By: Susan Bea Good
October 6, 2015
439 years ago today William Tyndale was strangled to death and his body burned at the stake, by order of the Church of England headed by King Henry VIII. For centuries the church of Rome had refused to permit God’s Word to be offered in the language of the people. Tyndale dedicated his life to changing that policy.
During an argument with the ruling Bishop of England, Tyndale charged, “I defy the Pope and all his laws. If God spare my life ere many years, I will cause a boy who drives the plough to know more of the Scriptures than you do.”
William Tyndale’s relentless commitment to translating God’s Word into the language of the people cost him his life. After spending years on the run, isolated, often hungry, eventually imprisoned and charged with heresy, he died violently at the age of 42.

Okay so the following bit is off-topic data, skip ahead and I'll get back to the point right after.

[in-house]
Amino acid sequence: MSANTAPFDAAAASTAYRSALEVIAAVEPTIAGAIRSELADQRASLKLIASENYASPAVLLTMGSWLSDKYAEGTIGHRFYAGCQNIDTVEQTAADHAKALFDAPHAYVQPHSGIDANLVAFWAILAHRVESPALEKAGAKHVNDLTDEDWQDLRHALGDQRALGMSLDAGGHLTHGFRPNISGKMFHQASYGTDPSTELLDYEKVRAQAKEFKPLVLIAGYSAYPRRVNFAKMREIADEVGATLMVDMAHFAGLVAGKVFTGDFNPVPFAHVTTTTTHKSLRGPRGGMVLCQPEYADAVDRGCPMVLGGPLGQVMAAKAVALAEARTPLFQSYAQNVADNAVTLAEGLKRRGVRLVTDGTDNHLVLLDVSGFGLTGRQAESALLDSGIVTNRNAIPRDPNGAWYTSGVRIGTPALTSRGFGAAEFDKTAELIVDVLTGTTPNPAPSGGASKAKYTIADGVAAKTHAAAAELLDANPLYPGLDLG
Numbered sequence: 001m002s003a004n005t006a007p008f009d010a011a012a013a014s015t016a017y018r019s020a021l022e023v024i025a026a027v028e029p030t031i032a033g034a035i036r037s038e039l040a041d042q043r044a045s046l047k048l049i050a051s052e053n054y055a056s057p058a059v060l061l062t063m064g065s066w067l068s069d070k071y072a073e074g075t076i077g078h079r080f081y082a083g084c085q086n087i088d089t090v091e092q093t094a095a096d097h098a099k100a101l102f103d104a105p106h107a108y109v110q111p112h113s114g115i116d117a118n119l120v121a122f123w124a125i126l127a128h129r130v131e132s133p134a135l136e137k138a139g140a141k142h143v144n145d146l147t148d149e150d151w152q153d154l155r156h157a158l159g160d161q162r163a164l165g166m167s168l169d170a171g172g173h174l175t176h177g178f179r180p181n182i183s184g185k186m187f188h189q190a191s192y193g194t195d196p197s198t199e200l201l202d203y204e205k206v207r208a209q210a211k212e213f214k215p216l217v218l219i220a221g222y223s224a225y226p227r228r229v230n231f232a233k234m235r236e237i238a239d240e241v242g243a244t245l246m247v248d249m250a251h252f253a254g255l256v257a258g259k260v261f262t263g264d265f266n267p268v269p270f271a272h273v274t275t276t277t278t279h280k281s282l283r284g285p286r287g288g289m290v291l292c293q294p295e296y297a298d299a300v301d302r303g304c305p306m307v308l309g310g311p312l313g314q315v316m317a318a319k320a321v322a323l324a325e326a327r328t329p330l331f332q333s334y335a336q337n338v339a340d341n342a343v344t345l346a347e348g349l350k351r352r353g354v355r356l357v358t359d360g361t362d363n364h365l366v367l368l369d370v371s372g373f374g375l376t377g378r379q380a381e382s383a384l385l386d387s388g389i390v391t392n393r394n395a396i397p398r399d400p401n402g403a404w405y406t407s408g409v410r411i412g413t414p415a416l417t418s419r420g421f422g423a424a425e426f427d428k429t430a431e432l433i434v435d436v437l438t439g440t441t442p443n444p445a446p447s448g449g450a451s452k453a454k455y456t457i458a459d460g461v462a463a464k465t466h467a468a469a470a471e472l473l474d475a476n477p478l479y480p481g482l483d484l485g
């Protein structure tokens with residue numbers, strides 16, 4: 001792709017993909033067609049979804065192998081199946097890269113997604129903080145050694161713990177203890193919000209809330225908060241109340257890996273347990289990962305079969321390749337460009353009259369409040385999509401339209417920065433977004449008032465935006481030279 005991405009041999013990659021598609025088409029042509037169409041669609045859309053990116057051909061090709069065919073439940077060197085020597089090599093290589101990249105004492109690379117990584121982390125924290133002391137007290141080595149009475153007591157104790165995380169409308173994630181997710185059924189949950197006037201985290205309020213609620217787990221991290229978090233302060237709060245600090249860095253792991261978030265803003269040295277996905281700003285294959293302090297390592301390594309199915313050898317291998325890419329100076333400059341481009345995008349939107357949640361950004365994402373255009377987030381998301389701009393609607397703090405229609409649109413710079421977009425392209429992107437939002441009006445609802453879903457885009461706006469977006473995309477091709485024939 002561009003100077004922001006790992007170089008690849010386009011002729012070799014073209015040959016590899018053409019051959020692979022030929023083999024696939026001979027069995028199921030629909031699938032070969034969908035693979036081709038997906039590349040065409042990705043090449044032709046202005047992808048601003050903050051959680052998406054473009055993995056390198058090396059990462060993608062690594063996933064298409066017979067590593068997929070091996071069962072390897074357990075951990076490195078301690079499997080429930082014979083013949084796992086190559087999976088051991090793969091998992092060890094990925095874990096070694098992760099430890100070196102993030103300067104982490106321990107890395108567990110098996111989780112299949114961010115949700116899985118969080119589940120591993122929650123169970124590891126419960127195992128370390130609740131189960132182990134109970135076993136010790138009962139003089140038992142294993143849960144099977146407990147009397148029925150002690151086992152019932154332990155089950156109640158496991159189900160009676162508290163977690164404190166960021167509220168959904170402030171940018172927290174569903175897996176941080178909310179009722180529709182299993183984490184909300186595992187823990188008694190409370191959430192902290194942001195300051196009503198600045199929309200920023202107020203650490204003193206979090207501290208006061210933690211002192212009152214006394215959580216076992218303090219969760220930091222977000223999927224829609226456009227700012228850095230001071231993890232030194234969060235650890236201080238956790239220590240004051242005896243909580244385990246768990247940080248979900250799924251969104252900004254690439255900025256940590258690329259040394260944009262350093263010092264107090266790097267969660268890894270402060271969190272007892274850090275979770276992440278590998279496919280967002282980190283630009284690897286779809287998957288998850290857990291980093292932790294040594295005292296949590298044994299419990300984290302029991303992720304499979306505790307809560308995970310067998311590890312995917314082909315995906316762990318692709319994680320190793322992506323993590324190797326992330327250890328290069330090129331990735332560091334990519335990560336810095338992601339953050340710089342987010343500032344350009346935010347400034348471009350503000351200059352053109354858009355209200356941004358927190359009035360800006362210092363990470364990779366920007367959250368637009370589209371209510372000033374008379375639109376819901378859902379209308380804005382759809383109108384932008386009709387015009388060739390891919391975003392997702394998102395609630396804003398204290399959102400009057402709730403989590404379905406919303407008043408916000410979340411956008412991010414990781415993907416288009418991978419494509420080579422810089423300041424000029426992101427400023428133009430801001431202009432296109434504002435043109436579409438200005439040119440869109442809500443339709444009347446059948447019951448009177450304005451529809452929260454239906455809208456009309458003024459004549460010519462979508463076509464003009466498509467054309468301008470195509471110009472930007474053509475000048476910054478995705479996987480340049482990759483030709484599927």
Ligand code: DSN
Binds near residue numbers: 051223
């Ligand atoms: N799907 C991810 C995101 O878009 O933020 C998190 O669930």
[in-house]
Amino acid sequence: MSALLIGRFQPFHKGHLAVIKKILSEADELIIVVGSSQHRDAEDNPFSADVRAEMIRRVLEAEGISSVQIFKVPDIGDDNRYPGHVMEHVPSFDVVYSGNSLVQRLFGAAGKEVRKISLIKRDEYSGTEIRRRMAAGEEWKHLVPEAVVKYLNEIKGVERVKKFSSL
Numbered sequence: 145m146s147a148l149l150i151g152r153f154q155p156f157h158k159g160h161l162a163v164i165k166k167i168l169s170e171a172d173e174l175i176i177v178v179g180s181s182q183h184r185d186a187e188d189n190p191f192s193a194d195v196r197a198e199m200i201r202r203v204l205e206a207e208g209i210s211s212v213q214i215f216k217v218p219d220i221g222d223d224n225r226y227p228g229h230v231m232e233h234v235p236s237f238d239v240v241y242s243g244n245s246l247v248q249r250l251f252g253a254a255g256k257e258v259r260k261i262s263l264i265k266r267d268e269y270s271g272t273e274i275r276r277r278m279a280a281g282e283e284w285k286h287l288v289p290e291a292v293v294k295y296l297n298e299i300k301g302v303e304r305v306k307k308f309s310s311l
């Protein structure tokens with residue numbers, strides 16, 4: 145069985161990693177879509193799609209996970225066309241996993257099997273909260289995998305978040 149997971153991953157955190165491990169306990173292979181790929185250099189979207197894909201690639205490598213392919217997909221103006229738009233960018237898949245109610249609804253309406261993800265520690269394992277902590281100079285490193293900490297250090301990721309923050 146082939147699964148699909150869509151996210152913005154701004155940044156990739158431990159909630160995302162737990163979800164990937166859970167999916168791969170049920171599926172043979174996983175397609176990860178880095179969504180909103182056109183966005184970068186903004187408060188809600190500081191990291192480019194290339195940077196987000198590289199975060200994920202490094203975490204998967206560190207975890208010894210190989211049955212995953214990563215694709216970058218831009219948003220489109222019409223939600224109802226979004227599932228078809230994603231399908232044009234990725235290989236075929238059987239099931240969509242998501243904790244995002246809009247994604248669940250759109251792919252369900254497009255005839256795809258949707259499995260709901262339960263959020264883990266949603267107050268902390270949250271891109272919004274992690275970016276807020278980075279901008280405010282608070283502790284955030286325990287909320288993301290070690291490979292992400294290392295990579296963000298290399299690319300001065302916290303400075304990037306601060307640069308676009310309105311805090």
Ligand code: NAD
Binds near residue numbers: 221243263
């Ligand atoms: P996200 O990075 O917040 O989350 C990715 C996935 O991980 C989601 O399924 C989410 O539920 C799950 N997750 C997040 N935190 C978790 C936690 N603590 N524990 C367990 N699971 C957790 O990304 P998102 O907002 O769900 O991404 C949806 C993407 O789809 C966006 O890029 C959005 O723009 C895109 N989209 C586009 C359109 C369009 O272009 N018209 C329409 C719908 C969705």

God used Tyndale’s execution to change the heart of the King of England, who soon issued a decree that copies of English language Scriptures be distributed to every church in the kingdom. Fifty years later scholars, authorized by the new King of England, used Tyndale’s work to produce what is known today as the 1611 King James Bible.
William Tyndale dedicated himself to God’s call on his life. When friends and family begged him to stop his “illegal” work, tempting him to return to teaching or preaching instead of risking or wasting his life with Bible translation, Tyndale refused.
William Tyndale is blessed with a place in Reformation history, but more importantly he has surely been blessed with the crown of life, designated for those who suffer due to their dedication to Jesus Christ.
“Blessed is the man who remains steadfast under trial, for when he has stood the test he will receive the crown of life, which God has promised to those who love Him.” (James 1:12/ESV)
The purpose of this blog is to encourage Christ-followers to see God’s Big Picture and be a part of it. Adonai Eloheinu!